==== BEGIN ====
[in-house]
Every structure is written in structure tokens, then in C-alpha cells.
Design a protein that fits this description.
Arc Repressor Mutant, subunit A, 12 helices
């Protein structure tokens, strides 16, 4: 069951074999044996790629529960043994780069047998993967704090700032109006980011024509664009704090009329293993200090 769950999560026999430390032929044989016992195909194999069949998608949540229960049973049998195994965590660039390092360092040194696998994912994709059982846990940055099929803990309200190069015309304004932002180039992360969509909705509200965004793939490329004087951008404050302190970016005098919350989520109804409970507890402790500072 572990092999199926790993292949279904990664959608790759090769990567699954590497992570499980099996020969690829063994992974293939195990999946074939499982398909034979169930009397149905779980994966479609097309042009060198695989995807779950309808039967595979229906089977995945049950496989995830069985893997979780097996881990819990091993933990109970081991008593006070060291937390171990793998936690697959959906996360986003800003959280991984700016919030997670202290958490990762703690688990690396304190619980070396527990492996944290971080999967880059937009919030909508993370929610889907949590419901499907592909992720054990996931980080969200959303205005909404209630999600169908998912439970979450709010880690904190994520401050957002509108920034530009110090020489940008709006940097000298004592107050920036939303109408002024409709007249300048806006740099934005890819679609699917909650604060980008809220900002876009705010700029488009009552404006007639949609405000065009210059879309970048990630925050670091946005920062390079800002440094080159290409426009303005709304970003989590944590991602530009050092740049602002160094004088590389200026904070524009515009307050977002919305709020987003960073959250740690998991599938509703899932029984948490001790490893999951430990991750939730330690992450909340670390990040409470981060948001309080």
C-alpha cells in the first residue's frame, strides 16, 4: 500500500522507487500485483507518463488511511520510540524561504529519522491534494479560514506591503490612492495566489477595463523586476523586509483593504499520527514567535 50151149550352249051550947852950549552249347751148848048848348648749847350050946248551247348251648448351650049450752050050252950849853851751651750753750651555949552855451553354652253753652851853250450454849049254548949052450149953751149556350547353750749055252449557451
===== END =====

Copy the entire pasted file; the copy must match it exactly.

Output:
[in-house]
Every structure is written in structure tokens, then in C-alpha cells.
Design a protein that fits this description.
Arc Repressor Mutant, subunit A, 12 helices
């Protein structure tokens, strides 16, 4: 069951074999044996790629529960043994780069047998993967704090700032109006980011024509664009704090009329293993200090 769950999560026999430390032929044989016992195909194999069949998608949540229960049973049998195994965590660039390092360092040194696998994912994709059982846990940055099929803990309200190069015309304004932002180039992360969509909705509200965004793939490329004087951008404050302190970016005098919350989520109804409970507890402790500072 572990092999199926790993292949279904990664959608790759090769990567699954590497992570499980099996020969690829063994992974293939195990999946074939499982398909034979169930009397149905779980994966479609097309042009060198695989995807779950309808039967595979229906089977995945049950496989995830069985893997979780097996881990819990091993933990109970081991008593006070060291937390171990793998936690697959959906996360986003800003959280991984700016919030997670202290958490990762703690688990690396304190619980070396527990492996944290971080999967880059937009919030909508993370929610889907949590419901499907592909992720054990996931980080969200959303205005909404209630999600169908998912439970979450709010880690904190994520401050957002509108920034530009110090020489940008709006940097000298004592107050920036939303109408002024409709007249300048806006740099934005890819679609699917909650604060980008809220900002876009705010700029488009009552404006007639949609405000065009210059879309970048990630925050670091946005920062390079800002440094080159290409426009303005709304970003989590944590991602530009050092740049602002160094004088590389200026904070524009515009307050977002919305709020987003960073959250740690998991599938509703899932029984948490001790490893999951430990991750939730330690992450909340670390990040409470981060948001309080």
C-alpha cells in the first residue's frame, strides 16, 4: 500500500522507487500485483507518463488511511520510540524561504529519522491534494479560514506591503490612492495566489477595463523586476523586509483593504499520527514567535 50151149550352249051550947852950549552249347751148848048848348648749847350050946248551247348251648448351650049450752050050252950849853851751651750753750651555949552855451553354652253753652851853250450454849049254548949052450149953751149556350547353750749055252449557451